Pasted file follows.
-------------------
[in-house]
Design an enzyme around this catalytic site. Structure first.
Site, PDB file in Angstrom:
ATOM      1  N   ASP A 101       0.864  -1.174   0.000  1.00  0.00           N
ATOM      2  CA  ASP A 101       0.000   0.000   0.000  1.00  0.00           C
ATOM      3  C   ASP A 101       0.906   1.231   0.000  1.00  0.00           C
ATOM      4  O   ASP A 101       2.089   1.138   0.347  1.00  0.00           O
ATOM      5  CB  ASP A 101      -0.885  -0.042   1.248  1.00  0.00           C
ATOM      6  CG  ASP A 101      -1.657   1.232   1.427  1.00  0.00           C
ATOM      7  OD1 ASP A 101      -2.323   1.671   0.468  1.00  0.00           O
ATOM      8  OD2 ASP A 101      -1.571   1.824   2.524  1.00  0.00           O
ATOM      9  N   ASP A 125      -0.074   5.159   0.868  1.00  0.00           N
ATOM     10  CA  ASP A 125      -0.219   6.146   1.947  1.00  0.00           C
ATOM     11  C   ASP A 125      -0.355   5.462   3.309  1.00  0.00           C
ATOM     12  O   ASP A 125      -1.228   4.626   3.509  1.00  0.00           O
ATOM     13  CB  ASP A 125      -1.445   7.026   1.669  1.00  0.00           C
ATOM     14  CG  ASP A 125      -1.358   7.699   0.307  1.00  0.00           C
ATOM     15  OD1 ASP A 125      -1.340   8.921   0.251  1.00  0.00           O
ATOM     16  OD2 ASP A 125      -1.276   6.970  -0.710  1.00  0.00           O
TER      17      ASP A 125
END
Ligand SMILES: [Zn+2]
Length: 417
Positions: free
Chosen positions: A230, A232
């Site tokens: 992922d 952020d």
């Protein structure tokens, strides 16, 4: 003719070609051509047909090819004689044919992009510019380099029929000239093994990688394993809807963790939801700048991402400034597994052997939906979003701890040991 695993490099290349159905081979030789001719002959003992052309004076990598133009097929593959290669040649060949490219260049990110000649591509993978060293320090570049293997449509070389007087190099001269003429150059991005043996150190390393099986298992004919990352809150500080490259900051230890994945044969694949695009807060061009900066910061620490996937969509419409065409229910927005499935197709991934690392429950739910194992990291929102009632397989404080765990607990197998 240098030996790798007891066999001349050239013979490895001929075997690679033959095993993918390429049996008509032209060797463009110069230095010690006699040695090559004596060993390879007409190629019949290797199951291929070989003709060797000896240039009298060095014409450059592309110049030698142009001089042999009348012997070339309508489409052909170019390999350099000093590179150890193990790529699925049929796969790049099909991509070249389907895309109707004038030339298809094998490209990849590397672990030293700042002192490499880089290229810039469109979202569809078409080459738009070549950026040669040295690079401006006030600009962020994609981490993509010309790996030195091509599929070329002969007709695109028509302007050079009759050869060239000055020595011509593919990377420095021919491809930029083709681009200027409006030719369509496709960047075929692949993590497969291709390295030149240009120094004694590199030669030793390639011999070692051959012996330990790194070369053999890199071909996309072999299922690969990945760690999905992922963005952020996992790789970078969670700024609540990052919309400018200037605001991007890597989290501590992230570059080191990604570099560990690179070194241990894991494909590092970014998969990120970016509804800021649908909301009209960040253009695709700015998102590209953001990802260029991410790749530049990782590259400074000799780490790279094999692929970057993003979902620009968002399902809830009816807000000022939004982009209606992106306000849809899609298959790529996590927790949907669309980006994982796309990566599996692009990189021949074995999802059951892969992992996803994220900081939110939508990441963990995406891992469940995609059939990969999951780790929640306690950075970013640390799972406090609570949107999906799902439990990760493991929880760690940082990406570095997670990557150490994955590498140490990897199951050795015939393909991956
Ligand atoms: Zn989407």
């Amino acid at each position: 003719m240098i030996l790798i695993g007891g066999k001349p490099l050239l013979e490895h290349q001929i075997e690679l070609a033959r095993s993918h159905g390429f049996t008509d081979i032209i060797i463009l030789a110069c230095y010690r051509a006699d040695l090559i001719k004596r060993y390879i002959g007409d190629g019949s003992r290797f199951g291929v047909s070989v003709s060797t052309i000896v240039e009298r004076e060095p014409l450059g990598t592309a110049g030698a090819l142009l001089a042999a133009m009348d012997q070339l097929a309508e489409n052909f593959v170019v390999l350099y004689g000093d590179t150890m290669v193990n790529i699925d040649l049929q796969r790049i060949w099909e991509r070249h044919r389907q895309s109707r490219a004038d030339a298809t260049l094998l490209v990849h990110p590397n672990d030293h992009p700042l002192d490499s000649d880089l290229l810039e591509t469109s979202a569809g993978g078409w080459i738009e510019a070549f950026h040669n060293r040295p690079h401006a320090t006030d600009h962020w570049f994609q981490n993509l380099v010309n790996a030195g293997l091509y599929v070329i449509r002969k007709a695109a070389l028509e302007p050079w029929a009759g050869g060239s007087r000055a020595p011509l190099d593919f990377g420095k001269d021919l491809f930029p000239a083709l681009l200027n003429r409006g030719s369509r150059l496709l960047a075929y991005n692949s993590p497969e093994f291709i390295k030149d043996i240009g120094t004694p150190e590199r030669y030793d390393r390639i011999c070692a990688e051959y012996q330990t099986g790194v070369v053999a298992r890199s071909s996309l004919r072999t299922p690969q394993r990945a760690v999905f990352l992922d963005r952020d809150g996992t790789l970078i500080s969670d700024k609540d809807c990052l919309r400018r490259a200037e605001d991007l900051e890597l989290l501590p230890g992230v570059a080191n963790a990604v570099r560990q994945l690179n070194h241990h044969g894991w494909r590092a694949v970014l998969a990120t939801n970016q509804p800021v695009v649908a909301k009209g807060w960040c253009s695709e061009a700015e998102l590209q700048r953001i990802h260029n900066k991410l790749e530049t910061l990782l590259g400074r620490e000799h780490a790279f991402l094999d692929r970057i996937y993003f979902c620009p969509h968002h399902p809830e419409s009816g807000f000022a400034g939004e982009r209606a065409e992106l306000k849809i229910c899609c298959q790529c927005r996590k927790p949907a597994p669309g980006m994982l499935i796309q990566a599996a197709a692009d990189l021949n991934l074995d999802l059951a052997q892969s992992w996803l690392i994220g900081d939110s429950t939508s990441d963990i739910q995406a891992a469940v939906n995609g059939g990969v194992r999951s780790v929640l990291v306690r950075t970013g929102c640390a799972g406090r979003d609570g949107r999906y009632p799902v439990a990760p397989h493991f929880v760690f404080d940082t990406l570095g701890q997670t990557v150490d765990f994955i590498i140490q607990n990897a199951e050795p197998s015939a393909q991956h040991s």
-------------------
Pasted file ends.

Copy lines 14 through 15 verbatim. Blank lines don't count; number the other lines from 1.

ATOM     11  C   ASP A 125      -0.355   5.462   3.309  1.00  0.00           C
ATOM     12  O   ASP A 125      -1.228   4.626   3.509  1.00  0.00           O